I know there have been some crickets chirping around here lately, but I have a most excellent excuse this time: I finished my dissertation, filed it, and am now a doctor everywhere except on flight manifests (because who wants that kind of a mess?). The whole graduation rigmarole was very nice, with my and B’s parents flying in for the weekend along with my friend MT. We ate ourselves stupid at Pizzeria Mozza (No pictures blogger! They will cut you!) and Gen Korean barbecue. If the weekend felt somewhat anticlimactic, it was probably because when I filed my dissertation at the university archives the week prior, I had felt the most obscene level of happiness humanly possible. I mean, it literally felt like a giant ray of light shot down from the sky and bathed my entire being in a sense of wellbeing and accomplishment—it was that good. I’d tell you to write a dissertation just for the sake of that feeling if you haven’t already, dear reader, but it’s surely a boneheaded way of going about it. Having a kid probably yields the same results and the gestation period is only nine months—not, gulp, nine years like in the case of my little monster spawn.

The letdown has been epic—I basically wanted to nothing but sleep. I also somehow managed to contract a gross cold in the past few days, so I’ve been laying low and catching up on Orange is the New Black like everyone else in America. Fortunately, I’ve got a week off before my summer class starts, though it may be cancelled thanks to low enrollment. If that happens, you should expect lots of recipes this summer for rice and beans. All this other stuff aside, I mainly want to tell you about the BLTs we’ve been making around here lately.


The BLT is not only my favorite sandwich, but it’s the foodstuff I most intimately associate with independence and fresh starts. If the two great hurdles of living alone are eating in a restaurant alone and going to the movies alone, the BLT was my gateway drug. As an eighteen year old proto-emo kid living alone for the first time in New York City, I discovered that a BLT and a cup of coffee at virtually any diner rung up for less than five bucks, and that people tended not to give a loner that pitying look at art house cinemas. I spent many, many afternoons tucking into a perfect BLT at the Silver Spurs diner on Houston before shuffling over the Film Forum for a flick or two. Like most ventures into doing things alone, this routine was terrifying at first, until it became the best thing ever.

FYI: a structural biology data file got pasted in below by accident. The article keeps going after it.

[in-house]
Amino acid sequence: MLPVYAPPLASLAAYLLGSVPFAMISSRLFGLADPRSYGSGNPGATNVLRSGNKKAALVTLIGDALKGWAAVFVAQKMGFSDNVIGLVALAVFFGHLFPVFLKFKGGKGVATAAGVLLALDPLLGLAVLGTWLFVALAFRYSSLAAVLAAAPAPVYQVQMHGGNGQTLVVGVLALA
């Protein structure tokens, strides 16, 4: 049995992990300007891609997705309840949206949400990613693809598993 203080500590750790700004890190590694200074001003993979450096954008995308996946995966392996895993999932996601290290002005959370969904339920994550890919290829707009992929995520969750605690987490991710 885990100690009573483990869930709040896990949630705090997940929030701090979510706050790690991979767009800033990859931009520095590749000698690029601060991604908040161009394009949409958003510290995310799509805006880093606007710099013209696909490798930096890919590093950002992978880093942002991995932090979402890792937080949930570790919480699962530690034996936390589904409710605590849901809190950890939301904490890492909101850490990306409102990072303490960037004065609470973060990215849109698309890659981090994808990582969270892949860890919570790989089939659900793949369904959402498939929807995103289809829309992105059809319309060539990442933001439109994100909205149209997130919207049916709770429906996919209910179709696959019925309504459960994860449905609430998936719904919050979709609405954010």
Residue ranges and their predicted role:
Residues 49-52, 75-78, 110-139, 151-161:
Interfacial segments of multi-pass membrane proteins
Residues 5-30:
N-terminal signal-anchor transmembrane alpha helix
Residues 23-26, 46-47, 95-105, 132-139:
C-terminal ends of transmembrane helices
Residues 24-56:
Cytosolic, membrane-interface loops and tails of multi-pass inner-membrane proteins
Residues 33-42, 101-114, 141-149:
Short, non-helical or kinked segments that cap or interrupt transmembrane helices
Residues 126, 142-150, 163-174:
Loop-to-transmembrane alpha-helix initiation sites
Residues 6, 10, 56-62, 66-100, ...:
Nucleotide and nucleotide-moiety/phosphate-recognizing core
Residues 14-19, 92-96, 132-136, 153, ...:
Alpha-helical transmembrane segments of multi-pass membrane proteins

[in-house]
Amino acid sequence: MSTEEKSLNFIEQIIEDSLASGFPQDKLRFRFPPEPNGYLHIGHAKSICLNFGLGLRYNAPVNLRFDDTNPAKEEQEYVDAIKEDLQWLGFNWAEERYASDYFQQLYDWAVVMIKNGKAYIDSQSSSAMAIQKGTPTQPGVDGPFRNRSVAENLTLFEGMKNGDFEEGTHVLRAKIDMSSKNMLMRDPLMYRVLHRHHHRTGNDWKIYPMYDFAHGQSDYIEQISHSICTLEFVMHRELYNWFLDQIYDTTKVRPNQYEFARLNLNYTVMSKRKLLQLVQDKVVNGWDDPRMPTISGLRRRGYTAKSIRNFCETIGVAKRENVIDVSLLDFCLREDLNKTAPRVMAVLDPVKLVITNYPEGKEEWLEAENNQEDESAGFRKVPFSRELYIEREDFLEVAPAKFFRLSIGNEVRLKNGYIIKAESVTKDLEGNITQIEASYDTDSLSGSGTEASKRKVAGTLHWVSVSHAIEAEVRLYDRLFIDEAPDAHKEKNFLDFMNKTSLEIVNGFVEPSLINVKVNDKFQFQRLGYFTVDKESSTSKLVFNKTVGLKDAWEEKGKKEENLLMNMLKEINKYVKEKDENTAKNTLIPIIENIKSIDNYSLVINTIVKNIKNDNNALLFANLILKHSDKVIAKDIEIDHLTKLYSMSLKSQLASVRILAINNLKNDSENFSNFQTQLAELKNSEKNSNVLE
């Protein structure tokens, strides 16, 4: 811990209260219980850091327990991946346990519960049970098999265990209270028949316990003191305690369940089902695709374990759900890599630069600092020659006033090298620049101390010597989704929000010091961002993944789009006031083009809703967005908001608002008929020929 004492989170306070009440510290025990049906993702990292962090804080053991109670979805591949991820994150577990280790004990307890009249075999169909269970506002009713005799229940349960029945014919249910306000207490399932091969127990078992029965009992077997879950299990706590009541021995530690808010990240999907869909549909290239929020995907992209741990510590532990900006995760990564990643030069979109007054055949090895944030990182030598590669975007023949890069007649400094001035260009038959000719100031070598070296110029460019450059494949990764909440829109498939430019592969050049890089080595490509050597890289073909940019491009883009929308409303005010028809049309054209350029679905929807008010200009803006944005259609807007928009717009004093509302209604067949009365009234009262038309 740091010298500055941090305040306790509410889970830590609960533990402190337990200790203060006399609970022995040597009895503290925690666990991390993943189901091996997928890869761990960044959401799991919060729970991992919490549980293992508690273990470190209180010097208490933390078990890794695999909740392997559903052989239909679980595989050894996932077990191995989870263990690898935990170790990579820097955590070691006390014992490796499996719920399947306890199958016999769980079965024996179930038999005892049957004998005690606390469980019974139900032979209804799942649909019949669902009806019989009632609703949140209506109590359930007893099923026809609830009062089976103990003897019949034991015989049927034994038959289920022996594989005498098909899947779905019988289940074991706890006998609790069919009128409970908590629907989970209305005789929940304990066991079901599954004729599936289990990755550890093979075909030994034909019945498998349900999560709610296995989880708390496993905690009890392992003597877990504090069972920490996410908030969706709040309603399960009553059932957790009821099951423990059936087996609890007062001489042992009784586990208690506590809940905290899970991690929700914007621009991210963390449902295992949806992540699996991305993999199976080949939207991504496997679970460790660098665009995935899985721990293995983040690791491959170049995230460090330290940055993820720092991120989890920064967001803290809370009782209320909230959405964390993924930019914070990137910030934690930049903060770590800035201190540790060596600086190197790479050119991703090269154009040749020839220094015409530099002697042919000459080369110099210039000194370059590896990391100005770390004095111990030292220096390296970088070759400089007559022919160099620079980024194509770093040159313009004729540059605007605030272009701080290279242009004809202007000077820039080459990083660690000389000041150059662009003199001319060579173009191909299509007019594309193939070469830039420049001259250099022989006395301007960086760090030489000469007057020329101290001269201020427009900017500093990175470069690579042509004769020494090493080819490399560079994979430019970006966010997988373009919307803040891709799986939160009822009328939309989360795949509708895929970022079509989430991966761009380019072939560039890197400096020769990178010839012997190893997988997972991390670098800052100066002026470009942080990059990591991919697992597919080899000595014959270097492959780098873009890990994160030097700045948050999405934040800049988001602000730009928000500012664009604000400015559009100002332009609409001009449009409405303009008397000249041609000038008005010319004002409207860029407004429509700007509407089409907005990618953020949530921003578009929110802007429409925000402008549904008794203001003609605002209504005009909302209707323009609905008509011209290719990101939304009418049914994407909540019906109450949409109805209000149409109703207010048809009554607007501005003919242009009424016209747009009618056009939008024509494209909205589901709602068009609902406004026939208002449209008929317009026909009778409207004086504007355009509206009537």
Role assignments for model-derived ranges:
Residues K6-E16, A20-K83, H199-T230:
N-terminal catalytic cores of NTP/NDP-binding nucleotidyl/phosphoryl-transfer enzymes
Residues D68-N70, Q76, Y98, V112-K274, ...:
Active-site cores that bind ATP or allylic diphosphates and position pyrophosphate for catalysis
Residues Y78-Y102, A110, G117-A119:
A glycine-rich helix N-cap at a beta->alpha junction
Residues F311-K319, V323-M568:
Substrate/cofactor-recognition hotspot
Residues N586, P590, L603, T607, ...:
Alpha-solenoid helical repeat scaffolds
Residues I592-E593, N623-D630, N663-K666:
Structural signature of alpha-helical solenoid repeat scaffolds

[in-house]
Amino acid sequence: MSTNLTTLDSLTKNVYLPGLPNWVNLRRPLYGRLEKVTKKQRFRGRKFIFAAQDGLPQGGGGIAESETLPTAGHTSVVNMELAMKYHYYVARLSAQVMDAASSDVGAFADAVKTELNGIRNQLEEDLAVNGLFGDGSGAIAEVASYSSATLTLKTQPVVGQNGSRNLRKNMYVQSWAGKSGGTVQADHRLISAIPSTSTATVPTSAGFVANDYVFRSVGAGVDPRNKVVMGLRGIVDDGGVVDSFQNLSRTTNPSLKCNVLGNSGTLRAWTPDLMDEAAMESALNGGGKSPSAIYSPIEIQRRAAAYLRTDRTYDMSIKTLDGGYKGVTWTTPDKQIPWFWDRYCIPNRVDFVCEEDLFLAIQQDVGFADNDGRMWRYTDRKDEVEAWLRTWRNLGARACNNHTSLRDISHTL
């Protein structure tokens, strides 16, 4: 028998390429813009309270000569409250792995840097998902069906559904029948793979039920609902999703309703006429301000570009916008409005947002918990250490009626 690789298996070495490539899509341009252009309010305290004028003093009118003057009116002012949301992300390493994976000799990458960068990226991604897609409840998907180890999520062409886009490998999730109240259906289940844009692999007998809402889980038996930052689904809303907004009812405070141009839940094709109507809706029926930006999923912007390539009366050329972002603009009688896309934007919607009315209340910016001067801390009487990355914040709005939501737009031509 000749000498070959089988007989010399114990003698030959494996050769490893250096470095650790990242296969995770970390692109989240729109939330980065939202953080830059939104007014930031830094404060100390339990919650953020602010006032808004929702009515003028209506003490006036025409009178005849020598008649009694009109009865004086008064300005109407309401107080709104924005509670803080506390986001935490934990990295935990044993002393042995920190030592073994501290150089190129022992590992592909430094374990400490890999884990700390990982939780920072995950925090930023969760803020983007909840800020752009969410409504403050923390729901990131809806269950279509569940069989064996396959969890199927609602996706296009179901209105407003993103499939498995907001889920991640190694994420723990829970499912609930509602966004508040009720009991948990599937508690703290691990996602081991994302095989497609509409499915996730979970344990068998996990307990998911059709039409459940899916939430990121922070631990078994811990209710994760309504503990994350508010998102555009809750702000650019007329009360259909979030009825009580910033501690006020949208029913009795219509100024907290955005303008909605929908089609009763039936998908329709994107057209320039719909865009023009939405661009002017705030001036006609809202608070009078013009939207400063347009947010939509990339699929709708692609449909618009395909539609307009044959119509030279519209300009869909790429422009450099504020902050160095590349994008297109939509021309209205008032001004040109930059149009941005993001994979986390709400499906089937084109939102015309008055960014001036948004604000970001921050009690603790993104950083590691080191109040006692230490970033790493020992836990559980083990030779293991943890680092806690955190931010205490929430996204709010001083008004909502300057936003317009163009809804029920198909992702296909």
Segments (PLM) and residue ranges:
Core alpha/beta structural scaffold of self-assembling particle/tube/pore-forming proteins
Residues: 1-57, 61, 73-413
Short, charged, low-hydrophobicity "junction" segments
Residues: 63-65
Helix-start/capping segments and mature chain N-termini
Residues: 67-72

My perfect NYC diner BLT is two toasted slices of sourdough bread slathered with Hellman’s mayonnaise, topped with a few slices of thin crispy bacon, half a rosy hothouse tomato, and romaine lettuce. Bonus points if they sprinkle salt and pepper on the mayo before assembly. When I moved to California, I searched and searched in vain for Hellman’s. How could the best shelf-stable mayonnaise in the world not be readily available west of the Rocky Mountains? It took nearly a decade for me to Google the problem and discover that Best Foods mayonnaise (which Californians revere with the same intensity as New Yorkers do Hellman’s) is the same goddamn product. As if the little blue bow and the tagline “bring out the best” weren’t enough of a tip-off for this Ph.D. If just now your brain exploded from this insight into the branding intricacies of late capitalism, I’ll just go ahead and say it: “You’re welcome.”


The BLTs, or BALTs as the case may be, that I’ve been making at home lately are a slightly different animal. Toasted French bread is anointed with Best Foods on both sides, sprinkled with salt and pepper, then piled high with thick slices of applewood smoked bacon and farmer’s market avocados, heirloom tomatoes, and baby greens. The BLT is no longer the sandwich of triumphant solitude. I make one for B, and the movies we go to afterward are usually sneaky double features at the multiplex. But they still feel pregnant with the possibility of a new sort of life, one a little better than the one prior. Happy summer, dear reader. It’s good to be back.



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